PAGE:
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Major Milestone For High Tech Company

Major Milestone For High Tech Company

A Christchurch based high-tech company has taken more than 20 years of research and development and unveiled the pre-production version of its ultra-sensitive detection machine, which is already attracting international attention.

Syft Technologies has developed world first super-sensitive technology that acts like a “seventh sense” and detects smells and flavours in the smallest possible quantities – as low as parts per trillion. And it does so in a blisteringly fast way that could save lives, money and environments.

The company was formed to commercialise real-time, high sensitivity Volatile Organic Compounds (VOC) analysis technology that scientists at the University of Canterbury had been working on since 1981.

Syft Technologies is a joint venture between Canterprise (the University’s commercial centre) and Breathe Technologies Limited, which has a pool of local investors.

The SIFT-MS (Selected Ion Flow Tube – Mass Spectrometry) detection machine is currently known as the “ic100.”

“The new machine is now ready for pre-production testing and calibration,” says Syft Technologies Chief Operations Officer, Geoff Peck.

The machine detects tiny quantities of Volatile Organic Compounds (VOCs). The identification of VOCs has a wide variety of potential uses including medical diagnostics, environmental monitoring, border security, leaky building syndrome, industrial process control and in hydrocarbon exploration. The new third-generation pre-production machine is about the size of a domestic dishwasher. This compares with the first generation machine (affectionately dubbed Big Bertha), which is based at the University of Canterbury and required 40 cubic meters of space, weighed more than 5 tons and filled most of a room. The second-generation machine was about 2 meters long and 1.5m high. [Photos of Big Bertha and the ic100 are attached]

“Not only is the third generation machine much smaller than previous versions, continued refinement of the technology has also made it more sensitive as well as operationally robust,” says Mr Peck.

Syft’s primary focus over the next few months will be to test and calibrate the new machine and develop markets both in New Zealand and overseas. There is already interest from international companies, particularly in the US.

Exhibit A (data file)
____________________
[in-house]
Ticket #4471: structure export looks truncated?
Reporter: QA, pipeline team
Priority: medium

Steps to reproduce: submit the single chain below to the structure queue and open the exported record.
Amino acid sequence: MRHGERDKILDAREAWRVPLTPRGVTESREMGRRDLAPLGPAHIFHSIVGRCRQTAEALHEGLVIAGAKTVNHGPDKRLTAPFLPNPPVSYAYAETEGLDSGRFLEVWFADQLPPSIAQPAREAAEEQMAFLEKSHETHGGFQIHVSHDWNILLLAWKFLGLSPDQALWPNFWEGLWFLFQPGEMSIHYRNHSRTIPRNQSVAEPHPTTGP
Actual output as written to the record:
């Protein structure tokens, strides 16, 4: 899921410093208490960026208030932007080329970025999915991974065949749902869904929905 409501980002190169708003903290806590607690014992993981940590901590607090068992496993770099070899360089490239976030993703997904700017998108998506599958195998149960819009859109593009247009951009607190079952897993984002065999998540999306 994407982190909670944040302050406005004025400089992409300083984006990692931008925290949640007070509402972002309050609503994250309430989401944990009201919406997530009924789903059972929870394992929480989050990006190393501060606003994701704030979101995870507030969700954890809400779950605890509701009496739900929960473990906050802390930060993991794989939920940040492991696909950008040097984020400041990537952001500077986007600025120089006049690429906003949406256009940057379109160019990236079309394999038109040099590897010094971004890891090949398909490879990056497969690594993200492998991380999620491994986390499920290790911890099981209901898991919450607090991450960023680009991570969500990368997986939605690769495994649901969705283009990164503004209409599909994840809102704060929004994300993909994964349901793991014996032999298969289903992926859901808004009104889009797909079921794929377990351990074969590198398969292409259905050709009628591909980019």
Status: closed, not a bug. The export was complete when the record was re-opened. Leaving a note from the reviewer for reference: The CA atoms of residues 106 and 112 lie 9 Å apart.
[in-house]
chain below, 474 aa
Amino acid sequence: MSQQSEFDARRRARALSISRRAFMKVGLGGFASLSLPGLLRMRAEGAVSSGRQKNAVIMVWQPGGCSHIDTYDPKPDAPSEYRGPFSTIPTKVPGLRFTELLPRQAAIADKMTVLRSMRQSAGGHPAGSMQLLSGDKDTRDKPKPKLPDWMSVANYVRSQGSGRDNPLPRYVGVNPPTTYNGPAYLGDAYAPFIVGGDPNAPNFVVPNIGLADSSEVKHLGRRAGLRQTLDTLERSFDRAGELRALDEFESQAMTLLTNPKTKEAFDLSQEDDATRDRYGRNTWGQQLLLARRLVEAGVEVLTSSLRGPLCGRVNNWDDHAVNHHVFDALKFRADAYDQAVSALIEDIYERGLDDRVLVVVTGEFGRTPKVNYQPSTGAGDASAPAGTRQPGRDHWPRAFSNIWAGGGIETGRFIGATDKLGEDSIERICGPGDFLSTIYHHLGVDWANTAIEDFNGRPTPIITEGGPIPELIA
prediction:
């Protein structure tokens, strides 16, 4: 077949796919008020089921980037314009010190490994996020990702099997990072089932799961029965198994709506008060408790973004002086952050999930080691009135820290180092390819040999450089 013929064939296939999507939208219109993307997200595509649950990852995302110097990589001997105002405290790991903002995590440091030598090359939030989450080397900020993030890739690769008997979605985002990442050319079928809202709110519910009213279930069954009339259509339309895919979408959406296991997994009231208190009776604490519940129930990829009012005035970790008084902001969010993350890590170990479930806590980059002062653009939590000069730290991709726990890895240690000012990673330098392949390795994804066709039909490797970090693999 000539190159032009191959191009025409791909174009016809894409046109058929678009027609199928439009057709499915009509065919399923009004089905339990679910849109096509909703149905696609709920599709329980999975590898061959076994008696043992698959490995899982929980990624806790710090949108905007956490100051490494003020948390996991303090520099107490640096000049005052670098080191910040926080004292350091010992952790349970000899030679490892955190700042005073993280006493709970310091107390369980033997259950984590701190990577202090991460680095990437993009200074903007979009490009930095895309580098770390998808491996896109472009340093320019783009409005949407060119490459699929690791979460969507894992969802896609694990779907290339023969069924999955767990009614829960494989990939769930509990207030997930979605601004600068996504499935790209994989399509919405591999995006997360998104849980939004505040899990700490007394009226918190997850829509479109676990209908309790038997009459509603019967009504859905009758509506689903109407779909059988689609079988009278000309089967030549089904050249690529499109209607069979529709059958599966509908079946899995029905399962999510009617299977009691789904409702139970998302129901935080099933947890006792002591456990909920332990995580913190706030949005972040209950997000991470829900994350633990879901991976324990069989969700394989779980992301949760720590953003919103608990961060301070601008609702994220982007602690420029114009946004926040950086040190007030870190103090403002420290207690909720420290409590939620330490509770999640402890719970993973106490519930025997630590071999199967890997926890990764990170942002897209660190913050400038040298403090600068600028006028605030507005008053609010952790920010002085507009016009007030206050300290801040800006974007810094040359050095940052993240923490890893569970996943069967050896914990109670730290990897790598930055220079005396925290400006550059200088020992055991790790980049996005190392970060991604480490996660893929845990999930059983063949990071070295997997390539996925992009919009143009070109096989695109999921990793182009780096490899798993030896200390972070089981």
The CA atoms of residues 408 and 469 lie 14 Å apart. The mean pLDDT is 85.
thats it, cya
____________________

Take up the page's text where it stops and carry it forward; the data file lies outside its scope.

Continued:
“We have done the scientific work on how to use the detection and quantification of specific volatile organic compounds for a variety of applications. Now we want to package what is quite revolutionary technology into a machine that can compete globally.”

Some specific potential applications include the detection of bacteria in blood, detection of drugs and biosecurity hazards in shipping containers, for general environmental services, detection of fungal growths in buildings (leaky building syndrome) and as an “online” monitoring tool for advanced industrial process control.

“At present, much of this detection work is done using GCMS technology, which is slow, expensive, and complicated compared with detecting VOCs with the Syft ic100.”

The worldwide market in GCMS equipment is worth about $10 billion a year.

“Syft’s technology platform currently has no direct competitors and has the potential to capture at least part of this market if it can successfully commercialise the generation three machine. It could also open up a number of new, previously untouched markets. This represents a major opportunity for the Canterbury technology industry, as the benefits from a successful commercialisation could spread throughout the local technology industry,” says Chairman of the Syft Board, Stephen Collins.

“As an investor, this was one opportunity I wasn’t prepared to miss.”

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